Today, The New York Times tells the story of Sadie Mitchell, the 92-year-old woman who was killed earlier this week by a stray bullet that entered her apartment:
Mrs. Mitchell, who grew up in Detroit, moved to the East 224th Street house in 1955 with her husband, St. Julian Mitchell. Williamsbridge was a quiet neighborhood in the northeast Bronx where working-class families walked to church. Mr. Mitchell, a World War II veteran, worked in The New York Times’s printing department until he died in 1983.
She taught religious classes at Our Lady of Grace Roman Catholic Church, just a few blocks from her home, and volunteered in needy communities across the borough. And the need was great: Mrs. Mitchell stayed through the dangerous 1960s and ’70s, when many families fled.
Neighbors said that throughout the turmoil, their low-rise block, steps from the elevated tracks of the No. 2 train, was a safe haven. Until recently.
Mrs. Mitchell comes to embody the passage of time: She witnessed the changing fortunes of her Bronx neighborhood; she was “a black woman who had lived through segregation” to see Barack Obama’s election.
The Post tells the story of a chick-lit heroine gone wrong. Alexis Sky (surely this is not a real name) was busted after attempting to make a quick $4,000 with an Upper East Side sublet scam. Her victim was understandably distressed when he found on moving day that he couldn’t move in, and went to the authorities even though a helpful older gentleman, Calvin Tannenbaum, tried to pay him back the four G’s. He took the money … and went to the police.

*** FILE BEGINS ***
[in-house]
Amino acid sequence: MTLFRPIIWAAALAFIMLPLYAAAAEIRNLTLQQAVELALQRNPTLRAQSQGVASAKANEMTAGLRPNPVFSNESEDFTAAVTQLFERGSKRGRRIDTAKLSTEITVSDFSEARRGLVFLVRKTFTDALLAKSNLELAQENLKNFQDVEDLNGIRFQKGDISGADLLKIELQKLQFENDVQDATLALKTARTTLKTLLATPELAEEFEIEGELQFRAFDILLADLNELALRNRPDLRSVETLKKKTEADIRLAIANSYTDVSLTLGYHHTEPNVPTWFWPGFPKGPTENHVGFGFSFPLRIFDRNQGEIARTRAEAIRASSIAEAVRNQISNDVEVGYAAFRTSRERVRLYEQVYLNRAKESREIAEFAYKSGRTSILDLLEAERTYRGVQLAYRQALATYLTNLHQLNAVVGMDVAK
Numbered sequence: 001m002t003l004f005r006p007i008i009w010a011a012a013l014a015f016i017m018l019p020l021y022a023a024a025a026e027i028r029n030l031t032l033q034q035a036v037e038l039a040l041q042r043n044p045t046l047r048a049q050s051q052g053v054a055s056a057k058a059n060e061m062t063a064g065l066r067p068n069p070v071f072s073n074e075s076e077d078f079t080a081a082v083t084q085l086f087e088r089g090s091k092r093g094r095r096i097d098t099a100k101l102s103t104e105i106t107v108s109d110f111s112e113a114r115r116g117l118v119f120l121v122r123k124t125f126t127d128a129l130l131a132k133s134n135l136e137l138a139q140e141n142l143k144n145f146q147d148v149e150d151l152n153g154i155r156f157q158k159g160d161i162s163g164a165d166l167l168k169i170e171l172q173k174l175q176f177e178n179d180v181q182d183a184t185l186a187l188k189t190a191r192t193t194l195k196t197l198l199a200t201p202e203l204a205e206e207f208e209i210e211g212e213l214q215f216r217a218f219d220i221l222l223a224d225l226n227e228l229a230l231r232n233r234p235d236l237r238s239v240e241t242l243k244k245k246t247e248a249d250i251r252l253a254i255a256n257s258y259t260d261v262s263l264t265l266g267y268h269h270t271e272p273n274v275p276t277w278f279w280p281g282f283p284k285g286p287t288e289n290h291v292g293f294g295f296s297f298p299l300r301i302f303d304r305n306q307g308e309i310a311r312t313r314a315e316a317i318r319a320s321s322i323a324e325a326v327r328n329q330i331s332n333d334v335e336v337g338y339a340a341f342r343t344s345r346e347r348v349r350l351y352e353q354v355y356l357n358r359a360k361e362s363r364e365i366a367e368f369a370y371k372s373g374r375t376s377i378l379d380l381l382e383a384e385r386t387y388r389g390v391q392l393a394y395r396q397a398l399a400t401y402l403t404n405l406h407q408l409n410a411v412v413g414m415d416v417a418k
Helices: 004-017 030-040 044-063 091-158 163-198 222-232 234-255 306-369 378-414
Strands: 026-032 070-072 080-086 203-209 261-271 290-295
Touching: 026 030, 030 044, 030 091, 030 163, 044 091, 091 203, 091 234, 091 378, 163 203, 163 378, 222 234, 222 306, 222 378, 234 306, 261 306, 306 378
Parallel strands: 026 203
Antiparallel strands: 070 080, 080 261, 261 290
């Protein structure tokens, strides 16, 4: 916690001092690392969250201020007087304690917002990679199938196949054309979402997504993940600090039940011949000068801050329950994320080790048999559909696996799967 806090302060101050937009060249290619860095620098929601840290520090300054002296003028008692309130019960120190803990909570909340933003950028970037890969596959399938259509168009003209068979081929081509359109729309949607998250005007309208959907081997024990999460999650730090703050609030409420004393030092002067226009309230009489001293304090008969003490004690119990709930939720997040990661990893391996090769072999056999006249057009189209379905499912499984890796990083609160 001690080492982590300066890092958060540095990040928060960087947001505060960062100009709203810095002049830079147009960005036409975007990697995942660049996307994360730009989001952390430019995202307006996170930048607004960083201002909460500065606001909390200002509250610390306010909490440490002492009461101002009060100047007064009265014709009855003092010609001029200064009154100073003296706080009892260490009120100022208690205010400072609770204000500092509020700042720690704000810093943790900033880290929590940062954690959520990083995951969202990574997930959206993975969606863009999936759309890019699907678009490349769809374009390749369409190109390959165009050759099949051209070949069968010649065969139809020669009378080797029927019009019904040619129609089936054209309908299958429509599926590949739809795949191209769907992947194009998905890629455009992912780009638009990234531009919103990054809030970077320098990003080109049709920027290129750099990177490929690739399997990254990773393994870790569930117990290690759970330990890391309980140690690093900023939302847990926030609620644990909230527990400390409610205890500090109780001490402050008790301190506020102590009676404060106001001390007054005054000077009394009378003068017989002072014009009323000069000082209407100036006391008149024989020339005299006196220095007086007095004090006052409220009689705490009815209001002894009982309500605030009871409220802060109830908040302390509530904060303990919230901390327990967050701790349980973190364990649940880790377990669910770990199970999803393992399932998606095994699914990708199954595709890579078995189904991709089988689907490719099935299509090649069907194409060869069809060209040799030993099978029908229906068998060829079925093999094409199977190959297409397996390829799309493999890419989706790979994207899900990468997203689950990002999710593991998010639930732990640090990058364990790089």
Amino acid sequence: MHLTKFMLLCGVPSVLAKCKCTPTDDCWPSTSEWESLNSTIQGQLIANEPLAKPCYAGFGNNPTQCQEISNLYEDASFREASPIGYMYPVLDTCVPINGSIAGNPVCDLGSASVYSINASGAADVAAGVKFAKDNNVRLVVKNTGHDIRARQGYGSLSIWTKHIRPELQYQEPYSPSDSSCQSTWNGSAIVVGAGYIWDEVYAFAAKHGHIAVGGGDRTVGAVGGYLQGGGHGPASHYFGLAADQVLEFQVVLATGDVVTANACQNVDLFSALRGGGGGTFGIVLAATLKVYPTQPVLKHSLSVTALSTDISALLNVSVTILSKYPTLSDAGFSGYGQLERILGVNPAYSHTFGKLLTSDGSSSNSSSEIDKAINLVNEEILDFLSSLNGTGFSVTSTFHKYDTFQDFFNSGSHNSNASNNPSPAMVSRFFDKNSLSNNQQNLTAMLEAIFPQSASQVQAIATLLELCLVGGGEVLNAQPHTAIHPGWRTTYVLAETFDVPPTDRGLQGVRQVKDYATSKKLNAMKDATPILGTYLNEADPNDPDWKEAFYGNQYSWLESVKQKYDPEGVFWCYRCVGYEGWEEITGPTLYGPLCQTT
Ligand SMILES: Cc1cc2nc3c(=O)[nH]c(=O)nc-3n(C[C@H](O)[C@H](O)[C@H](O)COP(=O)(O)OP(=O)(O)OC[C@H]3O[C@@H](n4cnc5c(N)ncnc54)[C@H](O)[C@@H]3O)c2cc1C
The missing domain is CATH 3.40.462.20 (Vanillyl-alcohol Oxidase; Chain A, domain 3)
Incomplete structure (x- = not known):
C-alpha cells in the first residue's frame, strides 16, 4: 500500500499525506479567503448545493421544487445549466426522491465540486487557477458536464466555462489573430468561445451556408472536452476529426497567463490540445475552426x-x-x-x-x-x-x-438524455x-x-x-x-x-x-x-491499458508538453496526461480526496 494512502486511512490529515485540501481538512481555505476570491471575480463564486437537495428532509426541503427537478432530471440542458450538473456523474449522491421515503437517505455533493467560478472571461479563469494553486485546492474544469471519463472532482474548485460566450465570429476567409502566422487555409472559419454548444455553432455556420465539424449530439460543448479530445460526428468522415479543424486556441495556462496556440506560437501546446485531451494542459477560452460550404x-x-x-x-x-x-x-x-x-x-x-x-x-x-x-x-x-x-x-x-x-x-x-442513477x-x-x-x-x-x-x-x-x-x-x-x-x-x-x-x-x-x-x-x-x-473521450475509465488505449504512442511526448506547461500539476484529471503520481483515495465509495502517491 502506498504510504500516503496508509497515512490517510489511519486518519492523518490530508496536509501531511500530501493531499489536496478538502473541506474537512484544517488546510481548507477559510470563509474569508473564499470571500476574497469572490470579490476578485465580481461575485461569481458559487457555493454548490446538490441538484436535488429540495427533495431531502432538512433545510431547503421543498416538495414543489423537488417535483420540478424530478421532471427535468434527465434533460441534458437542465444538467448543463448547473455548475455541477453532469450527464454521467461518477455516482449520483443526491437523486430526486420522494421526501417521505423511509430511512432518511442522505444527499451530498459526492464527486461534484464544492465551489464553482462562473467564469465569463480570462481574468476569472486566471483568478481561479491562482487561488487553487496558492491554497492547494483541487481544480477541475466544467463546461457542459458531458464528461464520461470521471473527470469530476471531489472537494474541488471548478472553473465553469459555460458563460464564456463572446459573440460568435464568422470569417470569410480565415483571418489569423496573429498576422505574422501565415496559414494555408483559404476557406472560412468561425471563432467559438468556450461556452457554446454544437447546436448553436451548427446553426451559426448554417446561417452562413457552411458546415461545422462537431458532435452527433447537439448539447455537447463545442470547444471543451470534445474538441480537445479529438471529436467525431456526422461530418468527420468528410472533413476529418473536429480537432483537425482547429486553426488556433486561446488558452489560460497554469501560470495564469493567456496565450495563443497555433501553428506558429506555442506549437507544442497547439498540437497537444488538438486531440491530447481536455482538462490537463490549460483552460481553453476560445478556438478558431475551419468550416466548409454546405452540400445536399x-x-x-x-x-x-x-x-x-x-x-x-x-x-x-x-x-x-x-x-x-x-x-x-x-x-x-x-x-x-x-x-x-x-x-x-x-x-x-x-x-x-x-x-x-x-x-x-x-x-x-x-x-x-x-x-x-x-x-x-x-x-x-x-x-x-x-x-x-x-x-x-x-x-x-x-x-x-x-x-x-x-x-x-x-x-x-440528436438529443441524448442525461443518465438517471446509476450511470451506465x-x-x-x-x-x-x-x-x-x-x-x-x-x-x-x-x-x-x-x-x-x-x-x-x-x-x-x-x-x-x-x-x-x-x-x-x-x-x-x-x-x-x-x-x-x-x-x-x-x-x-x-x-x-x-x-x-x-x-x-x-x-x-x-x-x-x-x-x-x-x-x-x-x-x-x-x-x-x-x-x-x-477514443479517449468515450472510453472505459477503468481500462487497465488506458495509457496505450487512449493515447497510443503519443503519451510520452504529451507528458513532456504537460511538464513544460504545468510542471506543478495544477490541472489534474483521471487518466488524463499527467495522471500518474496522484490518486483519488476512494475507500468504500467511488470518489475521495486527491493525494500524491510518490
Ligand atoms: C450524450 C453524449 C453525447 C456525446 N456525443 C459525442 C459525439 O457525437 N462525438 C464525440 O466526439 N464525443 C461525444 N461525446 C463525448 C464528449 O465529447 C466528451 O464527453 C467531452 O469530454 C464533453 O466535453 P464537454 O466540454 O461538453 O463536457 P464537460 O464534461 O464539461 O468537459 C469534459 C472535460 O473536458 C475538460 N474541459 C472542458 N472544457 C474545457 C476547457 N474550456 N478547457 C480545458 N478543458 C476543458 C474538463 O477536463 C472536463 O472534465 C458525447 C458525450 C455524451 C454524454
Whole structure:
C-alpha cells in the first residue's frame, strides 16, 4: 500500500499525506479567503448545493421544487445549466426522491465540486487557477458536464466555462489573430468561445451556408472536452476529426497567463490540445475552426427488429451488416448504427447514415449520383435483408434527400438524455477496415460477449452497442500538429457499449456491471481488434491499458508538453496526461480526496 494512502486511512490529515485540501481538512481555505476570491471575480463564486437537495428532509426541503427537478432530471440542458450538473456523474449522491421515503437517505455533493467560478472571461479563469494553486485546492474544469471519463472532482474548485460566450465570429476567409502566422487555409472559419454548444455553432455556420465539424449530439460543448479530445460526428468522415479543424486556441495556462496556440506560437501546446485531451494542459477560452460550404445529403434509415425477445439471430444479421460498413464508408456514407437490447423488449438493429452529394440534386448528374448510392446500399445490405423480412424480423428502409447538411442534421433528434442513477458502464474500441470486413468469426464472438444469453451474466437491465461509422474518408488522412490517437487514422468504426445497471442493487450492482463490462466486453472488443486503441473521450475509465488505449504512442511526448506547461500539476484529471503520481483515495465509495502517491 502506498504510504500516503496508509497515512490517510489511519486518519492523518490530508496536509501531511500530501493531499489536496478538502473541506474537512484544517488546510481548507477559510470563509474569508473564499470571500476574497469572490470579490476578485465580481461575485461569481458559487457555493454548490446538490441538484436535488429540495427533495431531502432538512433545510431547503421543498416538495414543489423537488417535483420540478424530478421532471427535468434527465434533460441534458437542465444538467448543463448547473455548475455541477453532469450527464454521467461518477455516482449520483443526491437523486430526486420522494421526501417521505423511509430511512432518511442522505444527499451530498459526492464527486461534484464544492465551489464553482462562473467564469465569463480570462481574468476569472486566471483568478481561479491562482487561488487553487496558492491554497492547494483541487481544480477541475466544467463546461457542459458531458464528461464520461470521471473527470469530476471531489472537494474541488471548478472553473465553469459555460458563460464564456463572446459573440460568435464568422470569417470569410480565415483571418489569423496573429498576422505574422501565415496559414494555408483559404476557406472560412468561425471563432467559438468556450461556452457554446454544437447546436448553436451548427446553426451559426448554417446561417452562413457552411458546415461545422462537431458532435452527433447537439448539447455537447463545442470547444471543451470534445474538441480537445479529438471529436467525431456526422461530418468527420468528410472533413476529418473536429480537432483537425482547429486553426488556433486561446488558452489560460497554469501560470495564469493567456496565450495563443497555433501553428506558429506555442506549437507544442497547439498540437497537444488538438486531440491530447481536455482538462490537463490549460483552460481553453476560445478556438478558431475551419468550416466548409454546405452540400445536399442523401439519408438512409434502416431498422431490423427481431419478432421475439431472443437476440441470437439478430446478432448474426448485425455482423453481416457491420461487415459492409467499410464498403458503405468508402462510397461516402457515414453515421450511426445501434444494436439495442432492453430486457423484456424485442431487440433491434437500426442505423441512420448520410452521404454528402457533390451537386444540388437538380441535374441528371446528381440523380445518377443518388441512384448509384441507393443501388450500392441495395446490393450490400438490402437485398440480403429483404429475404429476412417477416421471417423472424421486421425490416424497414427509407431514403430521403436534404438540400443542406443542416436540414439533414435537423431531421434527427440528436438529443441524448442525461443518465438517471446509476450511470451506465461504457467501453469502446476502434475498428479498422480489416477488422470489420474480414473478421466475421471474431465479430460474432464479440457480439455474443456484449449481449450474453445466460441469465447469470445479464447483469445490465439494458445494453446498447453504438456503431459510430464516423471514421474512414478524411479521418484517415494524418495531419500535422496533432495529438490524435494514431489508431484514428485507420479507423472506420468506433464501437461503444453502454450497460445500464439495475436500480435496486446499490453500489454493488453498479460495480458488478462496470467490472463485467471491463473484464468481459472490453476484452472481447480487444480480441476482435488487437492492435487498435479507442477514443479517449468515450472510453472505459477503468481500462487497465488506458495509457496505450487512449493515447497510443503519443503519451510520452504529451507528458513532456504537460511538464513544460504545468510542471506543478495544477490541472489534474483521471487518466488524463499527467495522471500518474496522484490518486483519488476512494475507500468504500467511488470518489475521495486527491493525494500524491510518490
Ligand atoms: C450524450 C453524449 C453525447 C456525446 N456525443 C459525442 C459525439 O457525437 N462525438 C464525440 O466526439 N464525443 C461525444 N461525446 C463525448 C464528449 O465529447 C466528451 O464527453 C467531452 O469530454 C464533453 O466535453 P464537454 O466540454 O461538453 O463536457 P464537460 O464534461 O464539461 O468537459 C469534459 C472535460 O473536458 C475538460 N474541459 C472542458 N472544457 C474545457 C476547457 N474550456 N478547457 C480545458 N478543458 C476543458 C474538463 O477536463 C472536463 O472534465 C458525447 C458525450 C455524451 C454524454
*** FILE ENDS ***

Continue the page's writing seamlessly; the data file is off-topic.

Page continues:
The Post consistently puts scare quotes around words characterizing Mr. Tannenbaum’s relationship to Sky (he is a “pal,” a “friend”)—either they’re implying that he was some kind of scandalous sugar-daddy figure, or that a nefarious character like Alexis Sky could have no true friends. Maybe both. Sky did not base her crime ideas strictly off The Times real estate section, however; she has a long rap sheet that includes Bergdorf theft and nose-job fraud. It’s all “petit larceny,” which sounds cute.
Lil’ Wayne appeared in a Manhattan court yesterday on gun possession charges. He’s trying to get DNA evidence thrown out. Both the Post and the Daily News have the story, but the Daily News wins because their photographer best documented Lil’ Wayne’s “upstanding citizen” face.